First Nations In Canada

857 Words 4 Pages
First Nations people in Canada comprised the different cultures the six geographical groups. The differences occurred in spiritual beliefs, food resources, and social organization. The first group, the woodlands first nations comprised of independent groups who possessed great courage and skills for hunting. The Iroquoians were excellent farmers and had permanent settlements that enabled them to have democratic systems of government. The Huron-Wendat based their leadership on councils that made laws that governed people. The Plains composed of the migration groups. The differences in these groups made Canada to be a diverse society in the 20th century. The First Nations was separated from the other Canadians on social, political and economic …show more content…
The Indian Act was a consolidation of previous restrictive measures that targeted the First Nations. The legislation gave the federal department authority to intervene and have control over the resources of the First Nations. The Indian Act was the most amended legislation in Canada. Most of the amendments that were done almost yearly made it more restrictive by imposing more authority over the lives of the First Nations. The Act emphasized on the abandonment of traditional ways of life and the adoption of new spiritual ceremonies like the sun dance and the …show more content…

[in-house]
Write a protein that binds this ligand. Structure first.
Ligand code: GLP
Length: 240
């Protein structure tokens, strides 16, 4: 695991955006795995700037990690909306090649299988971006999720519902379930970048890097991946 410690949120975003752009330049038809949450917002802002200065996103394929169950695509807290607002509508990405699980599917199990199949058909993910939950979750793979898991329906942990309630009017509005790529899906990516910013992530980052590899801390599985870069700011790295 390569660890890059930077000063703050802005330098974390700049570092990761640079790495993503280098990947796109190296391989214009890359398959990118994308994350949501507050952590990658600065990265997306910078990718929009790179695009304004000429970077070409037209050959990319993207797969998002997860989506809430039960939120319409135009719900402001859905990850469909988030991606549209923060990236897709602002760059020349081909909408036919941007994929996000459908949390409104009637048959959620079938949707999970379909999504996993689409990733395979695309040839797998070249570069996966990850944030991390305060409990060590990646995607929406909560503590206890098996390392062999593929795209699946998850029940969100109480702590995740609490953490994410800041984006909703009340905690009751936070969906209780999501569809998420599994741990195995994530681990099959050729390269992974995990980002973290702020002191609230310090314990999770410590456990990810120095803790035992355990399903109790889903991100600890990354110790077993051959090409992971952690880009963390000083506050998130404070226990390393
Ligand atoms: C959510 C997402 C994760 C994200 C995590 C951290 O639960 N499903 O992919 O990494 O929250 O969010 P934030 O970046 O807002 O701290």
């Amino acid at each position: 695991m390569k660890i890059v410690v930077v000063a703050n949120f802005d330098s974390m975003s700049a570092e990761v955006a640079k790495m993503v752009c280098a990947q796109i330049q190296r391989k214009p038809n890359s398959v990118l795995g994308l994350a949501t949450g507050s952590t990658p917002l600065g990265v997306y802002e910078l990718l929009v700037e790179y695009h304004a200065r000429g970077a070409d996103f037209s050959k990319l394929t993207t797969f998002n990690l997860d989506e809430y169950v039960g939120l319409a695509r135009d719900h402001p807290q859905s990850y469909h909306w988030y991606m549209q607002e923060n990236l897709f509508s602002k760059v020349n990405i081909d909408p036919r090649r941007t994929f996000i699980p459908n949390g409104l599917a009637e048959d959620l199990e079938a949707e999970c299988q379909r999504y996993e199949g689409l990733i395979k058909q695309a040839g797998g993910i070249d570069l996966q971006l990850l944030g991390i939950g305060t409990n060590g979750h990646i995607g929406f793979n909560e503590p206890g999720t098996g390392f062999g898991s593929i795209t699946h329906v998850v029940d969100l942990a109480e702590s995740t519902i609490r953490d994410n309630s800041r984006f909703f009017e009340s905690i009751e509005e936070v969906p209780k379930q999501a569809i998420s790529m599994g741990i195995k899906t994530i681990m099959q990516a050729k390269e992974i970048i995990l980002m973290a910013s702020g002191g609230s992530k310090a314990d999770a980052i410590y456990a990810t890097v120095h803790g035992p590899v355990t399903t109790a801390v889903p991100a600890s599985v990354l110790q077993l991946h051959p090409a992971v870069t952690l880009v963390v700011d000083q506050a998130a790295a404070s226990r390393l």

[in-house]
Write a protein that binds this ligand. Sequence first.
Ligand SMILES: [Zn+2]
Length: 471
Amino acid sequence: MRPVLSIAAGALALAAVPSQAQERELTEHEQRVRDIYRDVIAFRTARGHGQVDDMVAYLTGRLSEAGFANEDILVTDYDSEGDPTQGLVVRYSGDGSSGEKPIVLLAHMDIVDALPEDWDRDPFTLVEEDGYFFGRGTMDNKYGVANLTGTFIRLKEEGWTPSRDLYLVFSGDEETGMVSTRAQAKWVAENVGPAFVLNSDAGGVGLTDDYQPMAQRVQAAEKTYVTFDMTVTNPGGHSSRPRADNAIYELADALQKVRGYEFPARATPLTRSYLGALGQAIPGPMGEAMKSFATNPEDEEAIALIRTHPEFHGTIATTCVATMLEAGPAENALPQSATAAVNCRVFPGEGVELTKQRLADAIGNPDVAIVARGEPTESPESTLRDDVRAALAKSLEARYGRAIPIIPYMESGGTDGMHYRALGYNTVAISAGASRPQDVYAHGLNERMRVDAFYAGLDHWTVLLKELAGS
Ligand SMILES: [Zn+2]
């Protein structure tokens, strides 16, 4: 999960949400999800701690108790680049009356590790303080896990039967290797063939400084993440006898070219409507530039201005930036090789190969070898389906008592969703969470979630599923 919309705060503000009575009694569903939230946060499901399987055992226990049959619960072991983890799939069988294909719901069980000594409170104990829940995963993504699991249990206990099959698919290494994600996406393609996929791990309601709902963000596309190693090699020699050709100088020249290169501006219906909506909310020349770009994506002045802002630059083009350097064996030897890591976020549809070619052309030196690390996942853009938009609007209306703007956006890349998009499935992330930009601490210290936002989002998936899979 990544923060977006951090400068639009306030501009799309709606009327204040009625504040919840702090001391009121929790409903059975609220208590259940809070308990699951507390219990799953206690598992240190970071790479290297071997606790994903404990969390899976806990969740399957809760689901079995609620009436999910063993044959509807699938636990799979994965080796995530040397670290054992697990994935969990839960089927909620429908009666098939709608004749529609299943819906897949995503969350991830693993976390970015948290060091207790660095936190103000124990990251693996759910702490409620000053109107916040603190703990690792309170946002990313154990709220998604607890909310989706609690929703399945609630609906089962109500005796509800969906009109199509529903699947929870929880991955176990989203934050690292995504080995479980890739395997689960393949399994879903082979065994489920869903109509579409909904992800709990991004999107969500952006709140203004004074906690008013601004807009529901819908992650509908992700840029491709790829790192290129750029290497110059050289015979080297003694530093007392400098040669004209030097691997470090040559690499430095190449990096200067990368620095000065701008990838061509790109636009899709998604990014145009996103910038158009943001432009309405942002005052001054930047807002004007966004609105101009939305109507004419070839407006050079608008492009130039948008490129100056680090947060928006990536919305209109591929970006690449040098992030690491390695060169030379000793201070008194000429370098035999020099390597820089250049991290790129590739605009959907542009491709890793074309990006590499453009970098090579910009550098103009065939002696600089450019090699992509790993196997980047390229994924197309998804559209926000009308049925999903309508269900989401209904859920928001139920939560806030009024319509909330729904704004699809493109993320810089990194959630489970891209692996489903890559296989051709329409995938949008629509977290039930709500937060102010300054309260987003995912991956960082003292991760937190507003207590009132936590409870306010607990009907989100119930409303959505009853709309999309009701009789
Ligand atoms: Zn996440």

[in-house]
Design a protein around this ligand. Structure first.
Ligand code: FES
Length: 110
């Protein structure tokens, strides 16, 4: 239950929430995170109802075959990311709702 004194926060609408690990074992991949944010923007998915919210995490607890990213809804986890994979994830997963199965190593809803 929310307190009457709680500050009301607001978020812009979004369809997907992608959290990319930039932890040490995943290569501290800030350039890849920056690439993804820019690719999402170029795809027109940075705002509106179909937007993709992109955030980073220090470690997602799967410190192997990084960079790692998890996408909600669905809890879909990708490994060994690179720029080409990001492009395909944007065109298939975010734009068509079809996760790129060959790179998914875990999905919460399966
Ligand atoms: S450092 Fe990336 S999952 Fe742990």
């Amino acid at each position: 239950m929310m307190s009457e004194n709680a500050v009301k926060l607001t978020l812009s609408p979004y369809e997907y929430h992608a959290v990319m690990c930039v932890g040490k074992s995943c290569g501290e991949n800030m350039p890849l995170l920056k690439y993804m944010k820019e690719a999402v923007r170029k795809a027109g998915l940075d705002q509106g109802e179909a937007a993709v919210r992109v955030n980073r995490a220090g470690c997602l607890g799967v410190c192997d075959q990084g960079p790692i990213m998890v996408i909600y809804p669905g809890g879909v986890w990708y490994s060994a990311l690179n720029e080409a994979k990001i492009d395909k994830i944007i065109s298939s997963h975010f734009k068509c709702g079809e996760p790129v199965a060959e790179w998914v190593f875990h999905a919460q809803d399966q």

It was the key element for the government policy in the 20th century. For instance, few members of the First Nations became enfranchised. It was a requirement for the members of the First Nations to possess a university degree to be enfranchised. The government continued to add more restrictions to the Act to forbid members of the First Nations from pursuing land claims. The Act was used as a tool to implement restrictive policies over the members of the First Nations. However, regardless of the painful conditions that the members of the First Nations experienced, by the late 1940s, there was hope on the social and political transformations that would mark the beginning of a new era in the Canadian society. The First Nations across the nation started forming region-based groups that forcefully expressed people’s grievances to have equality among all Canadians. By 1946, the First Nations had fought for their rights to parliament. The crusaders of equality in the First Nations wanted to have an equal Canadian society, but at the same time, they wanted to preserve their cultural practices and beliefs. They opposed the idea of enforced enfranchisement contained in the Indian Act and the extent to which the government controlled their lives. Although most improvements have been done on the policies that control social status in the Canadian society, the First Nations still fell sort of the

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